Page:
Sunday, May 28, 2017

Cherry Cobbler

Cherry Cobbler with Whipped Cream
Cherry Cobbler: Fabulous With or Wthout Cream

Recipe adapted from Crumbles and Cobblers

Throughout this short cherry season, I’ve failed twice at making a simple cherry dessert. My potluck chocolate cherry clafouti landed upside-down on the bedroom rug (don’t ask). And the flavor wasn’t chocolatey enough to try again. Next, Fresh Cherry Cobbler, a top recipe from the usually brilliant All Recipes website, tasted more like butter and sugar than cherries. So, back to my favorite cobbler resource, Crumbles and Cobblers, to adapt a Berry Cobbler recipe. Light pastry tops a just-sweet-enough base of cherries, and leftovers were solid enough to go car camping.

Cherries with Cornstarch and Sugar on Top
It's All About the Cherries
Though usually teamed with baking soda, the buttermilk in this recipe is paired with baking powder. This buttermilk duo, along with minimal mixing of wet and dry ingredients, is the secret to the light pastry with just a bit of crunch on top. I reduced the sugar in the fruit so that there’s less than ½ cup in the entire recipe, which allows the rich cherry flavor to shine through.

This cobbler will taste best on the first day, before the fruit layer becomes dryer and the pastry layer wetter (and no longer crispy). However, if you serve leftovers as a breakfast “dessert,” or around the campfire after dinner, you are unlikely to hear a complaint. Just a couple more weeks of cherry season, so let’s enjoy while we can. Or, substitute blueberries, raspberries, blackberries, or fresh currants, either separately or in combination.

Without Cream: Still Fabulous and Fruity
Cherry Cobbler
serves 6 – 8

2 lb. black cherries
1 tsp. lemon juice
¼ cup superfine sugar
2 tbsp. cornstarch
1½ cups flour
2 tsp. baking powder
1/8 tsp. salt
4 tbsp. butter, finely diced and chilled
2 tbsp. superfine sugar
¾ cup buttermilk
1 tbsp. large grained raw sugar
cream or whipped cream, optional for serving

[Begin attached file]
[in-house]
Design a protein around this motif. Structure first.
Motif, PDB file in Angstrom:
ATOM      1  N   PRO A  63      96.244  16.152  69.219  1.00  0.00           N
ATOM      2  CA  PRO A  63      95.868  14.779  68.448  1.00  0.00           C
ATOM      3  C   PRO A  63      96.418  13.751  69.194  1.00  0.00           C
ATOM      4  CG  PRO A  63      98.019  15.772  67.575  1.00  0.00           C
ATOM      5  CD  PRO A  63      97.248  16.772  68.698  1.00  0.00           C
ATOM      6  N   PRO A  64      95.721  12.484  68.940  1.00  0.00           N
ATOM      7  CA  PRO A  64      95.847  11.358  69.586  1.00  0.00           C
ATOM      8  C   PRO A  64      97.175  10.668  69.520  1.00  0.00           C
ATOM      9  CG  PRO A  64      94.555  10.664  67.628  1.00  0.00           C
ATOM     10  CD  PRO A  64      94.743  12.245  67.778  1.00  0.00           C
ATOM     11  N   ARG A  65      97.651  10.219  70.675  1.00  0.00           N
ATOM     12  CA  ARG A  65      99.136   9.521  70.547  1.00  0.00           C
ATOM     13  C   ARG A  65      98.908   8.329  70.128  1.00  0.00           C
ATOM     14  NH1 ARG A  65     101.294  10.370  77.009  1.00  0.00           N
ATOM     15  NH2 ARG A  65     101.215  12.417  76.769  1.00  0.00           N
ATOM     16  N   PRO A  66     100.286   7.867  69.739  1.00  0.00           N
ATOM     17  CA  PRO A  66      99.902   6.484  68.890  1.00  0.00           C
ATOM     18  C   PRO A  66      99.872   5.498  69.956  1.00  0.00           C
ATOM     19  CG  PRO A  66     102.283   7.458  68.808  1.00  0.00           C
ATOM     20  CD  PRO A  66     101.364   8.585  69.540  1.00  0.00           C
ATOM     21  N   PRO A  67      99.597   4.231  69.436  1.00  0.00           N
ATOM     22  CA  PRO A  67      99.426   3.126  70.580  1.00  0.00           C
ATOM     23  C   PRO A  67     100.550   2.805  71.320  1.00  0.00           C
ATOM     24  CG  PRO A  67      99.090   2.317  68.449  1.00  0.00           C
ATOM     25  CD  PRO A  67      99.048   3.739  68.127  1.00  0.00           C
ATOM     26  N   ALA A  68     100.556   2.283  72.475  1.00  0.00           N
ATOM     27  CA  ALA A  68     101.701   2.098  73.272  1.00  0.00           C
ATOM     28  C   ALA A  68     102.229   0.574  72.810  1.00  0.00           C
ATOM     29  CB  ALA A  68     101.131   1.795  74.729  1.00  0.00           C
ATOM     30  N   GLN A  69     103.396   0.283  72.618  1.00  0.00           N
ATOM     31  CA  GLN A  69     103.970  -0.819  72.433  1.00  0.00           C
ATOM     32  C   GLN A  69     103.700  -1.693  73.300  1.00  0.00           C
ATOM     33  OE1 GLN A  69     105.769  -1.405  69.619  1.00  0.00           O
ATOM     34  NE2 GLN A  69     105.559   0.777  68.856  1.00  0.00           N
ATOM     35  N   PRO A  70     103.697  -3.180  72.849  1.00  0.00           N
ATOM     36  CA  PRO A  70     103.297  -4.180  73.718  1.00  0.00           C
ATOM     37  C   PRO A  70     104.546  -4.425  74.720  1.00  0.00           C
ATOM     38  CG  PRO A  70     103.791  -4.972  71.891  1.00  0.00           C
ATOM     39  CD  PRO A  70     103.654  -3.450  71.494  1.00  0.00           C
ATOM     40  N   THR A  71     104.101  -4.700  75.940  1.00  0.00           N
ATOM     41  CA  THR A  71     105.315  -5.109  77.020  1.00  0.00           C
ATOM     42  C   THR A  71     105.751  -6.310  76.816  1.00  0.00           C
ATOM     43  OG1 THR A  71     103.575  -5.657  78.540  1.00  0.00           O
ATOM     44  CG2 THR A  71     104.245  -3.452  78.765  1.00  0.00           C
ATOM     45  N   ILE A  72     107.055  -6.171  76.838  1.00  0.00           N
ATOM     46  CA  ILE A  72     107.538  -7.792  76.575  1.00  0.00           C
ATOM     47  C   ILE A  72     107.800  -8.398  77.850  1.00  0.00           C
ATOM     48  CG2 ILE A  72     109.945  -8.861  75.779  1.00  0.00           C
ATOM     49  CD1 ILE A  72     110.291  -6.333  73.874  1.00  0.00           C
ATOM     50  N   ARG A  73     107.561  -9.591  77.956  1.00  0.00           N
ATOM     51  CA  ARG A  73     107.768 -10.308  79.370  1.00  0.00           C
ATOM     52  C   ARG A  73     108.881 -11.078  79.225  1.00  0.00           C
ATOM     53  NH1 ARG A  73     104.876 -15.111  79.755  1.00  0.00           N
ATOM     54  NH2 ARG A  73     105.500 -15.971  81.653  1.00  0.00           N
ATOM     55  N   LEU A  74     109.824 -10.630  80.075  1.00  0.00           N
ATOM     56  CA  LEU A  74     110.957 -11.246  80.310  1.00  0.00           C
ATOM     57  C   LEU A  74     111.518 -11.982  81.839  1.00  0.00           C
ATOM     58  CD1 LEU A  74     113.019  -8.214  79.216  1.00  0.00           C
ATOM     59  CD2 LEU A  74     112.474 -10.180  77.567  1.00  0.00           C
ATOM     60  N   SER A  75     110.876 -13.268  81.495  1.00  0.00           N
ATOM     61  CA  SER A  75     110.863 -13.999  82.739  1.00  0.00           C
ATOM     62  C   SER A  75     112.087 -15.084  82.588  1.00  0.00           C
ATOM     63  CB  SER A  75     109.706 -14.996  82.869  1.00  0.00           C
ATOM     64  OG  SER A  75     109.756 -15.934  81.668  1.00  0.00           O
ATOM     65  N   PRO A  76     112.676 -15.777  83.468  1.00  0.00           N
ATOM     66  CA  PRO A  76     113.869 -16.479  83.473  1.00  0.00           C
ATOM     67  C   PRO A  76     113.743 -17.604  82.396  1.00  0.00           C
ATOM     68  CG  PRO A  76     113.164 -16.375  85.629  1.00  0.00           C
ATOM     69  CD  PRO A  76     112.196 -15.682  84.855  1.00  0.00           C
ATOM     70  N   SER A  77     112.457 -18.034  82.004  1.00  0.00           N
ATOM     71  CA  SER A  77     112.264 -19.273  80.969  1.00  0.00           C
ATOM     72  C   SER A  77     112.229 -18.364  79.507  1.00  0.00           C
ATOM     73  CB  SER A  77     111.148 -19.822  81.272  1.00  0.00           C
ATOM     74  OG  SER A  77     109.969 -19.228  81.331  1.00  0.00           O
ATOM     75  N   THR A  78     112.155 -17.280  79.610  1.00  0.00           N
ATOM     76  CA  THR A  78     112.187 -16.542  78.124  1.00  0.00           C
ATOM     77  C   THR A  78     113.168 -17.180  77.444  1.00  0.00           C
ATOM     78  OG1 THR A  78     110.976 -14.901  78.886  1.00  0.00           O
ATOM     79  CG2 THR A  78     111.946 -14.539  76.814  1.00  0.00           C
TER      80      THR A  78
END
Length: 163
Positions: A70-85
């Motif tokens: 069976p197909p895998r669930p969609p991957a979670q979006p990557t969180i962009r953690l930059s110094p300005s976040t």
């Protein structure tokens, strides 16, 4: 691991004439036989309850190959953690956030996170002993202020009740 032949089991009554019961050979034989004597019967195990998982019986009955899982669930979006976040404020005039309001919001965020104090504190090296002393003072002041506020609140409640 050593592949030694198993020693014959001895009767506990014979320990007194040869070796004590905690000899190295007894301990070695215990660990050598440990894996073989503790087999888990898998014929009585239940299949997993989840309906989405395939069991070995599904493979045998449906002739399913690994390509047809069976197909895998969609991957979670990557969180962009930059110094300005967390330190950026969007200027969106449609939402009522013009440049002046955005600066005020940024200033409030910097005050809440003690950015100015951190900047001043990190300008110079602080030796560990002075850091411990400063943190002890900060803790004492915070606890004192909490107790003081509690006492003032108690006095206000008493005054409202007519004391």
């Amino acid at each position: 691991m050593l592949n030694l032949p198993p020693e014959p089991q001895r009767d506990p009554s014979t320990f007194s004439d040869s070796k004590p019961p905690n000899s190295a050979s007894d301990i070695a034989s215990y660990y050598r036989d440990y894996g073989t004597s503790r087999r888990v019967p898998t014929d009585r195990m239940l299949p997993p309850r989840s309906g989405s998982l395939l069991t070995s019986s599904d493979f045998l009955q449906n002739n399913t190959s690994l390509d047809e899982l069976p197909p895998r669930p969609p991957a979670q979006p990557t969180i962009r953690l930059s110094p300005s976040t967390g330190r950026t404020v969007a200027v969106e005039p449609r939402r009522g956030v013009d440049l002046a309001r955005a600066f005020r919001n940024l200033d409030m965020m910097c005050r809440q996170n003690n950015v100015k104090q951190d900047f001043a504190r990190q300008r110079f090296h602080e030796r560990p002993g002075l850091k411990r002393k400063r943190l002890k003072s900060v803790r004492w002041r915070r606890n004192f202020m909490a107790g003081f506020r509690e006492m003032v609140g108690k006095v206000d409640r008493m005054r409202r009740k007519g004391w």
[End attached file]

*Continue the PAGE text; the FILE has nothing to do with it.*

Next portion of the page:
Preheat oven to 400 degrees F.

Pit the cherries; a cherry pitter makes this easier and faster. Then examine the cherries carefully to be sure that all pits are have been removed (cherry pits are notoriously clingy, and can break an unsuspecting gourmand’s tooth).

Sprinkle cherries with lemon juice, then mix in ¼ cup superfine sugar and cornstarch. Turn cherries into the bottom of a 7” x 11” or 10” square baking dish and push down gently into an even layer. Set aside.

To make cobbler topping, be sure that butter is diced into 1/8-inch pieces and chilled (I put it in the freezer for a few minutes). Sift flour and baking powder into medium mixing bowl. Whisk in salt. Rub in chilled butter with fingertips until mixture resembles fine breadcrumbs.

Stir in 2 tbsp. superfine sugar.

Pour in buttermilk and stir from the bottom with a rubber scraper just until mixture becomes a soft, light dough.

Drop spoonfuls of dough on top of cherries. Smooth out gently but do NOT cover fruit completely. Sprinkle with raw sugar.

Bake at 400 degrees F for 25 – 30 minutes, or until crust is golden and fruit is tender.

Remove from oven and let stand 10 – 15 minutes before serving, with or without cream or whipped cream.

To store leftovers, completely cool then cover with a tea towel, or partially with plastic wrap so that air can circulate. Eat leftovers within a day or so.

Pan of Cherries and Bowl of Soft Dough
A Little of This and A Little of That = Cherry Cobbler

Two Pieces of Cobbler in Zip Lock Container
Leftovers Go on Camping Trip

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